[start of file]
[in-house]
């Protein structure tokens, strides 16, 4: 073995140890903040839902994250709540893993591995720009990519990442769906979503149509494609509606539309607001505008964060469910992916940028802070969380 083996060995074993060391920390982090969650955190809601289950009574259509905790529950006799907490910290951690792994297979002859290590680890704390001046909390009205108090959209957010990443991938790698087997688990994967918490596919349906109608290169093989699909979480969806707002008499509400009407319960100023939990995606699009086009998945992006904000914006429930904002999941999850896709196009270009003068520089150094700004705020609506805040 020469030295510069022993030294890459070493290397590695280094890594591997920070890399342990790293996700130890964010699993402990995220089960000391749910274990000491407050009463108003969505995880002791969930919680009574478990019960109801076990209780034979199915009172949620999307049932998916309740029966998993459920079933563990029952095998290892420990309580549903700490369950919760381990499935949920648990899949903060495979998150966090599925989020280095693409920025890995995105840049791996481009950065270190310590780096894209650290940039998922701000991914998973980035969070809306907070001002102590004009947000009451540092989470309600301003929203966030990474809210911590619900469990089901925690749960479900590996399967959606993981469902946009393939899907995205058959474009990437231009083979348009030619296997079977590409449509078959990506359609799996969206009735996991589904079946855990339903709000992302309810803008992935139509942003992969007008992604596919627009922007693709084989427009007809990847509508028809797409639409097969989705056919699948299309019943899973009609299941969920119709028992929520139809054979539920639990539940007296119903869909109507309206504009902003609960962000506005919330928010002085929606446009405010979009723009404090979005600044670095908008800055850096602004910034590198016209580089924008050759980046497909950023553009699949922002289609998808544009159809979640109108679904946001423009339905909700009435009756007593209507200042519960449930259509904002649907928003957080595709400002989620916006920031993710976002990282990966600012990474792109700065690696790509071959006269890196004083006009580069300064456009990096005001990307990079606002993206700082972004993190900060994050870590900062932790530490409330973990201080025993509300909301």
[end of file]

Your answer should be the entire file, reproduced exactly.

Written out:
[in-house]
């Protein structure tokens, strides 16, 4: 073995140890903040839902994250709540893993591995720009990519990442769906979503149509494609509606539309607001505008964060469910992916940028802070969380 083996060995074993060391920390982090969650955190809601289950009574259509905790529950006799907490910290951690792994297979002859290590680890704390001046909390009205108090959209957010990443991938790698087997688990994967918490596919349906109608290169093989699909979480969806707002008499509400009407319960100023939990995606699009086009998945992006904000914006429930904002999941999850896709196009270009003068520089150094700004705020609506805040 020469030295510069022993030294890459070493290397590695280094890594591997920070890399342990790293996700130890964010699993402990995220089960000391749910274990000491407050009463108003969505995880002791969930919680009574478990019960109801076990209780034979199915009172949620999307049932998916309740029966998993459920079933563990029952095998290892420990309580549903700490369950919760381990499935949920648990899949903060495979998150966090599925989020280095693409920025890995995105840049791996481009950065270190310590780096894209650290940039998922701000991914998973980035969070809306907070001002102590004009947000009451540092989470309600301003929203966030990474809210911590619900469990089901925690749960479900590996399967959606993981469902946009393939899907995205058959474009990437231009083979348009030619296997079977590409449509078959990506359609799996969206009735996991589904079946855990339903709000992302309810803008992935139509942003992969007008992604596919627009922007693709084989427009007809990847509508028809797409639409097969989705056919699948299309019943899973009609299941969920119709028992929520139809054979539920639990539940007296119903869909109507309206504009902003609960962000506005919330928010002085929606446009405010979009723009404090979005600044670095908008800055850096602004910034590198016209580089924008050759980046497909950023553009699949922002289609998808544009159809979640109108679904946001423009339905909700009435009756007593209507200042519960449930259509904002649907928003957080595709400002989620916006920031993710976002990282990966600012990474792109700065690696790509071959006269890196004083006009580069300064456009990096005001990307990079606002993206700082972004993190900060994050870590900062932790530490409330973990201080025993509300909301």